Politics

George Clooney Calls out a Huge Problem in Our Elections

April 17th 2016

By:
Aron Macarow

George Clooney has been outspoken in his support of Democratic presidential candidate Hillary Clinton, co-hosting multiple fundraising dinners over the weekend in California. And those fundraisers were not cheap: It cost more than $353,000 per couple for the top ticket at a dinner event in San Francisco, which some donors gladly paid to grab a seat at the same table as Clinton, Clooney, and his wife, Amal.

But to some, that's another potent signal that something is desperately wrong with campaign financing in the United States. Surprisingly, Clooney thinks so, too.

Appearing on NBC's "Meet the Press" Sunday morning, Clooney agreed with moderator Chuck Todd that the amount of money raised at such events was problematic.

"I think it's an obscene amount of money," Clooney said in response to Todd's questions about his recent fundraising efforts for Clinton. "The Sanders campaign, when they talk about it, is absolutely right. It's ridiculous that we should have this kind of money in politics. I agree completely."

Clinton's rival for the Democratic nomination, Sen. Bernie Sanders, has nettled Clinton frequently about the large sums of money she raises at events such as Clooney's. Over the weekend, Sanders called into question whether these high-priced fundraisers belong in the Democratic Party. Sanders supporters also threw dollar bills at the Clinton motorcade has it approached the Clooney residence over the weekend in apparent protest of her campaign event.

It's not that simple.

It may be easy to point fingers at Clinton's $34,000-ticket dinners as the problem. But Clooney contended that the need for such events is only a symptom of a broken system. And he's right.

An analysis of the 2014 Senate races by the Brennan Center for Justice found that outside spending more than doubled since the Citizens United Supreme Court decision in 2010: Such spending ballooned to $486 million (up from around $330 million in 2012). The center also reported that outside money accounted for almost half of the total spending in the 10 most competitive races in the last midterm elections.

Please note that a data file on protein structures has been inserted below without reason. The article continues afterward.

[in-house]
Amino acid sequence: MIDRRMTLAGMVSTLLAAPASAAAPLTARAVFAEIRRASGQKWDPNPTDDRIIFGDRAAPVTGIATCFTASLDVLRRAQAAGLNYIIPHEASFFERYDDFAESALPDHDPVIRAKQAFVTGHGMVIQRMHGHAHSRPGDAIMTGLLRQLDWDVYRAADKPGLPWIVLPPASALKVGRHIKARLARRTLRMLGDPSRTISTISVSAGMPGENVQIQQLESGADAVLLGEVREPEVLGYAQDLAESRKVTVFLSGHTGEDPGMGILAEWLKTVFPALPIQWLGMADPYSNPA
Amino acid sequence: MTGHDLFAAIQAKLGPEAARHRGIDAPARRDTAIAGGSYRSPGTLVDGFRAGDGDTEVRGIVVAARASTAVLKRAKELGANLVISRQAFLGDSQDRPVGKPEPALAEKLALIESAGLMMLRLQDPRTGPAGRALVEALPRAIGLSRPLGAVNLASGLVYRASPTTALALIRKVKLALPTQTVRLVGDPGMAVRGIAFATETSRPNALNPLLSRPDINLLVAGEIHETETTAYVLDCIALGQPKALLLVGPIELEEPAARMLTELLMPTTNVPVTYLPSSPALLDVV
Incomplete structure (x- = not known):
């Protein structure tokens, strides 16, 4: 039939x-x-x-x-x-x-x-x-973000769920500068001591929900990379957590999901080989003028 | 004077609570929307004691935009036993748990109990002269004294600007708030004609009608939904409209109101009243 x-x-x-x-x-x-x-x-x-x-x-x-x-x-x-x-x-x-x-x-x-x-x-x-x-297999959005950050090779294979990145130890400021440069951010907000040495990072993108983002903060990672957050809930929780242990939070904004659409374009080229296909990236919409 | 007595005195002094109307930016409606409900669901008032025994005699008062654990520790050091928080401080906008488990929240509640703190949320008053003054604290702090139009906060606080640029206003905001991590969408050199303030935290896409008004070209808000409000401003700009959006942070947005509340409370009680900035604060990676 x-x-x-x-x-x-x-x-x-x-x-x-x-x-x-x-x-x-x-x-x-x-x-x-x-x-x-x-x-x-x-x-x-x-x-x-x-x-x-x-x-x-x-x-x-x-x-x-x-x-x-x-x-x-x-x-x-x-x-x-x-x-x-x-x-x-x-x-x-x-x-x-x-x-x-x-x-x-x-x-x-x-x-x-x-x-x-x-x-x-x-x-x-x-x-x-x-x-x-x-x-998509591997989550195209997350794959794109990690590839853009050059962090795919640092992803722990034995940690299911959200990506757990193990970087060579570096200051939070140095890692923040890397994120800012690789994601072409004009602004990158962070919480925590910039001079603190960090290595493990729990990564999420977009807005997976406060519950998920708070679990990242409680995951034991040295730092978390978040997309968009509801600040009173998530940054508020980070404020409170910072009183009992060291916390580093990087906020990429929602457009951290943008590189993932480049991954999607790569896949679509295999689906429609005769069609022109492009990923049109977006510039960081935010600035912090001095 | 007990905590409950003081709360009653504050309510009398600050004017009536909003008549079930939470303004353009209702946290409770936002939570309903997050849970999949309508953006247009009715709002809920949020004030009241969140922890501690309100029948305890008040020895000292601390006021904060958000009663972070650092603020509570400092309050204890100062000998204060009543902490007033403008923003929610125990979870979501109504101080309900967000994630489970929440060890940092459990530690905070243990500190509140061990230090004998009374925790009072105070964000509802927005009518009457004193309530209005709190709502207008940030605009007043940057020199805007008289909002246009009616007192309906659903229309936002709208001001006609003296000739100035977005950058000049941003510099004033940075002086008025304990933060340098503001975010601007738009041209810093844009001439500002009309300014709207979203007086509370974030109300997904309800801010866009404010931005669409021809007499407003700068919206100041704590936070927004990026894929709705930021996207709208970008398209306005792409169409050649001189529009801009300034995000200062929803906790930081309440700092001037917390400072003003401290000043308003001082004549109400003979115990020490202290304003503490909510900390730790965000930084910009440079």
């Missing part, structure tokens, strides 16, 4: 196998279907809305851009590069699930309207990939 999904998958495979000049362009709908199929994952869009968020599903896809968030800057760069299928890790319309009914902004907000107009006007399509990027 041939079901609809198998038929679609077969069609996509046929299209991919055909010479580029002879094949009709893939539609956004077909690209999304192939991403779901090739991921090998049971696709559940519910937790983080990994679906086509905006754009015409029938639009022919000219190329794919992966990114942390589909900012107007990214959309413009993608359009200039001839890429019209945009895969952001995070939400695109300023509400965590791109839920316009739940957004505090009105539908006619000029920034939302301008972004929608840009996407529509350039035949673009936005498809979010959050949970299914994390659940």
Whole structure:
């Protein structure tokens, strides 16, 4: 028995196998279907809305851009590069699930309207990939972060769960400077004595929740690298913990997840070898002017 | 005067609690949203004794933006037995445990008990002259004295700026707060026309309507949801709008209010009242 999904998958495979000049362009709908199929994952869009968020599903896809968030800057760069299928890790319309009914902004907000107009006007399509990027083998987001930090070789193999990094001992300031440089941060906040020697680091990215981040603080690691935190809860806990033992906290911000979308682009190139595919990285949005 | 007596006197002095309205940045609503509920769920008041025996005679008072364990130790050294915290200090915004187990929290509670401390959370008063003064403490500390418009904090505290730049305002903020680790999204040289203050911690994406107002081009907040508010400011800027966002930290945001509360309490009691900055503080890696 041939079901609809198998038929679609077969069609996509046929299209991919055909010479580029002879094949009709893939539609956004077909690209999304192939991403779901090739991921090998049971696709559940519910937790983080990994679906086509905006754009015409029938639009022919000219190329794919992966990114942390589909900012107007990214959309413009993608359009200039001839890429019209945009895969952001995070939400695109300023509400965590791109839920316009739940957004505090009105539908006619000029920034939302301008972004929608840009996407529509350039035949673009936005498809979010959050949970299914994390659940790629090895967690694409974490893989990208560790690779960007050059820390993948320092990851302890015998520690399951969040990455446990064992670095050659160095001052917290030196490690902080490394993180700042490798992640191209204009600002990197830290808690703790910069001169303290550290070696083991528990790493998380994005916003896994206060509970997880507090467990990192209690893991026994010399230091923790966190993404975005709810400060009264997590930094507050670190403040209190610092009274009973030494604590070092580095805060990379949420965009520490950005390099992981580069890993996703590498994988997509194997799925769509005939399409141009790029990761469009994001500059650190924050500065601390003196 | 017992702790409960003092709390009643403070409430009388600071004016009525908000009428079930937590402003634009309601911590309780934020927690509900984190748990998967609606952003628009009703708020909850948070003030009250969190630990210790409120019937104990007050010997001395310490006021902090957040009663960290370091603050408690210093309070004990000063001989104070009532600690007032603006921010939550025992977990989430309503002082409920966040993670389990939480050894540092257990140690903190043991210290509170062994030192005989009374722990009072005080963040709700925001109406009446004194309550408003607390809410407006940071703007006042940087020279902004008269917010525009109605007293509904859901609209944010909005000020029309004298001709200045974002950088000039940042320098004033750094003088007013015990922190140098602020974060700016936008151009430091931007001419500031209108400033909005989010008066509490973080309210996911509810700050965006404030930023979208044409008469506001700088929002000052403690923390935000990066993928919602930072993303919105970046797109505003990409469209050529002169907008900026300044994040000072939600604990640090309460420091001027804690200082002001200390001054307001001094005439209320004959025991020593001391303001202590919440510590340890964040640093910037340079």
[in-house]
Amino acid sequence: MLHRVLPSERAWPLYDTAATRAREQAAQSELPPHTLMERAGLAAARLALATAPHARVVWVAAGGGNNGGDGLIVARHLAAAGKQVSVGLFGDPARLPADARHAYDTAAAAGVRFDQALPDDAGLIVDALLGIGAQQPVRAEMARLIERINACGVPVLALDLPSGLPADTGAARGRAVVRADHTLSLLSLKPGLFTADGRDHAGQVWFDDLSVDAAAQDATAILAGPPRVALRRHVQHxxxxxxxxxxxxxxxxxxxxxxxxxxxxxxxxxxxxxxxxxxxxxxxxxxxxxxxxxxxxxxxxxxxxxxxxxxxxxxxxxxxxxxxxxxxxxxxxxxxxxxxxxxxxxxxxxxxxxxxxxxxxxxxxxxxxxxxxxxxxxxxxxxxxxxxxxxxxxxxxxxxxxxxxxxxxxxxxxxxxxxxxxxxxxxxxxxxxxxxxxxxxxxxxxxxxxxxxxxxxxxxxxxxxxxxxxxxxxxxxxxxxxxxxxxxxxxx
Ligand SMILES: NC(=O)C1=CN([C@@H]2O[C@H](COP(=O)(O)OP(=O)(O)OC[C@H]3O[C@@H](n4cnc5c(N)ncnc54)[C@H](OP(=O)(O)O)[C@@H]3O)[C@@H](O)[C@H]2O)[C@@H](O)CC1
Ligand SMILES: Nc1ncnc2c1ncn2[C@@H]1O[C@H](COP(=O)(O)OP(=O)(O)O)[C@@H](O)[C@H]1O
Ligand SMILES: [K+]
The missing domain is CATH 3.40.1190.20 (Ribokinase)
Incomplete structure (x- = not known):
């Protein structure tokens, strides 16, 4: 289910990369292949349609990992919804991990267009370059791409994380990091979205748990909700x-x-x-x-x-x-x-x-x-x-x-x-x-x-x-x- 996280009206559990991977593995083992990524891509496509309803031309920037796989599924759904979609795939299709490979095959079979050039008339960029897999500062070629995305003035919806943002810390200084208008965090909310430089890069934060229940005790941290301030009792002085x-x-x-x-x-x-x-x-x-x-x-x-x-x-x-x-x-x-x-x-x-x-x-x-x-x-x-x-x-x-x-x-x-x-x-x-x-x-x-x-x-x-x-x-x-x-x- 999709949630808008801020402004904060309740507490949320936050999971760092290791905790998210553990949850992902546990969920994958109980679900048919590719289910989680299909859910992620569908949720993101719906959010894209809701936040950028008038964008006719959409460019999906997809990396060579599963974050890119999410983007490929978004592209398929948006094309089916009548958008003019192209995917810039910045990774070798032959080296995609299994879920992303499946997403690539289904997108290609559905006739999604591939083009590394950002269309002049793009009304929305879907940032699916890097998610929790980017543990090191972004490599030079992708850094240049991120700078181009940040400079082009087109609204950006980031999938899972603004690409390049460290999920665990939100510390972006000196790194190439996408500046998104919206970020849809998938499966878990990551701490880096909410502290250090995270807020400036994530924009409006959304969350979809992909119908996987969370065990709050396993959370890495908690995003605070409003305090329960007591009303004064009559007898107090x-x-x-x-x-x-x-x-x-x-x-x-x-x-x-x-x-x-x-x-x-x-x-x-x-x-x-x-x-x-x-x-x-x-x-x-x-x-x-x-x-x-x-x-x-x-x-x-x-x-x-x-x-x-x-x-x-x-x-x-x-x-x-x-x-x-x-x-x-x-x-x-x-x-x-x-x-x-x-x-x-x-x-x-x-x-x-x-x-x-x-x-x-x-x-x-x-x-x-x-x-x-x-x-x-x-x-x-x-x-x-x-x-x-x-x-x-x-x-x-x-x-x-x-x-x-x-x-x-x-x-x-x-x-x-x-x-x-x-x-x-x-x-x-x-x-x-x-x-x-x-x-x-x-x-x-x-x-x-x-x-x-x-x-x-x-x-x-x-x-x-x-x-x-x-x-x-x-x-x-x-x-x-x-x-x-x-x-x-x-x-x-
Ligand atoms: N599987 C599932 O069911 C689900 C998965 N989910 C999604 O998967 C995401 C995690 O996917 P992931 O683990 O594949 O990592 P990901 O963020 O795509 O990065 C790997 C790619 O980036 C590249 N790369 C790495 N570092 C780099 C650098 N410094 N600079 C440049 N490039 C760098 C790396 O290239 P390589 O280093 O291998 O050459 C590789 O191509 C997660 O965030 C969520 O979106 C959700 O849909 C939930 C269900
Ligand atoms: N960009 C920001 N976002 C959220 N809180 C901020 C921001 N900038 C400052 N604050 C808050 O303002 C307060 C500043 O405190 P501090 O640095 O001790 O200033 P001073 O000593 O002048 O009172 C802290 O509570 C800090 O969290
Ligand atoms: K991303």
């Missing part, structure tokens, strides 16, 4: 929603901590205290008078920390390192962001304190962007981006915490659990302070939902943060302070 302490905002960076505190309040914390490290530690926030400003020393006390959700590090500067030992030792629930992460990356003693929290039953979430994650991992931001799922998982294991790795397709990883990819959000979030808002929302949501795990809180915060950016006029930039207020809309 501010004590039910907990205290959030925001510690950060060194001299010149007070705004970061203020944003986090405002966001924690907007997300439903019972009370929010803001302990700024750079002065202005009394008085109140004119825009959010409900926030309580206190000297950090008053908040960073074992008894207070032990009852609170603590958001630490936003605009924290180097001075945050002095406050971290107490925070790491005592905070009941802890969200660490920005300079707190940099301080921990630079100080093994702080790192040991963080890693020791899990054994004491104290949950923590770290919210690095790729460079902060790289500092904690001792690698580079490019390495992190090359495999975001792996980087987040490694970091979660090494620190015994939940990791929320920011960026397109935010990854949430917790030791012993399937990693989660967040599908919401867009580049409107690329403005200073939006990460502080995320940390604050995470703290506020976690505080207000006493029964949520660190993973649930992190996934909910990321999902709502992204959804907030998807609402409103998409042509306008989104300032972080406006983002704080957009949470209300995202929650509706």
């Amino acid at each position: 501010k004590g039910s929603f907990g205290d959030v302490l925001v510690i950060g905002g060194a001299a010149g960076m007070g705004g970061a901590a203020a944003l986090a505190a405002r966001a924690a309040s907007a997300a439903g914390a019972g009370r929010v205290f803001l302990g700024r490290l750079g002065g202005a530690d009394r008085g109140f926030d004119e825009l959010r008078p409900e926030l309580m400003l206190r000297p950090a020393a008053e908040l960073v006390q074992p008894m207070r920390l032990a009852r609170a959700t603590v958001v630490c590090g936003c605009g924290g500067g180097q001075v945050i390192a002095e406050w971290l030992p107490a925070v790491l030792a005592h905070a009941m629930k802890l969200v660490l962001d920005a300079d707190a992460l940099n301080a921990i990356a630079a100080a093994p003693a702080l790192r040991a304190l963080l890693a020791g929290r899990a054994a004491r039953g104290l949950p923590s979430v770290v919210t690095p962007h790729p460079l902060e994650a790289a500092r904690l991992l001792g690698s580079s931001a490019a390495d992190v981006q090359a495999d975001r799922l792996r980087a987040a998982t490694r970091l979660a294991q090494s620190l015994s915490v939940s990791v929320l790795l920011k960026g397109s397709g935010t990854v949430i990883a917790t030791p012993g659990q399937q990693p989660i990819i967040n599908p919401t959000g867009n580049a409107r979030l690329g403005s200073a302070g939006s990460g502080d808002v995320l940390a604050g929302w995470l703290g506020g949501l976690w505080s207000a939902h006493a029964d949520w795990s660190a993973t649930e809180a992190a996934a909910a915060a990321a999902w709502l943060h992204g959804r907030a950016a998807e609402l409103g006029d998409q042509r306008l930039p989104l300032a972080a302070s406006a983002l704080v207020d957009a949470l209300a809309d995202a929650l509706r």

This election cycle looks to be even worse. Ten times more dark money — campaign contributions that don't have to be disclosed — had been spent by late 2015 as was spent during the 2012 elections, according to U.S. Sen. Tammy Baldwin (D-Wis.).

It's no wonder that the 2016 elections are on track to become the most expensive elections since Watergate. Big money has become the name of the game, thanks to a deluge of cash from super-PACs, and candidates have no choice but to raise this kind of money to stay competitive — whether through smaller contributions, like those fueling the Sanders campaign, or larger lumps of cash, like those flowing into Clinton's campaign.

The real question is why it takes so much money to run a campaign and which candidate is most likely to introduce common-sense campaign finance reforms to curb what Clinton and Sanders supporters both agree are insane amounts of spending.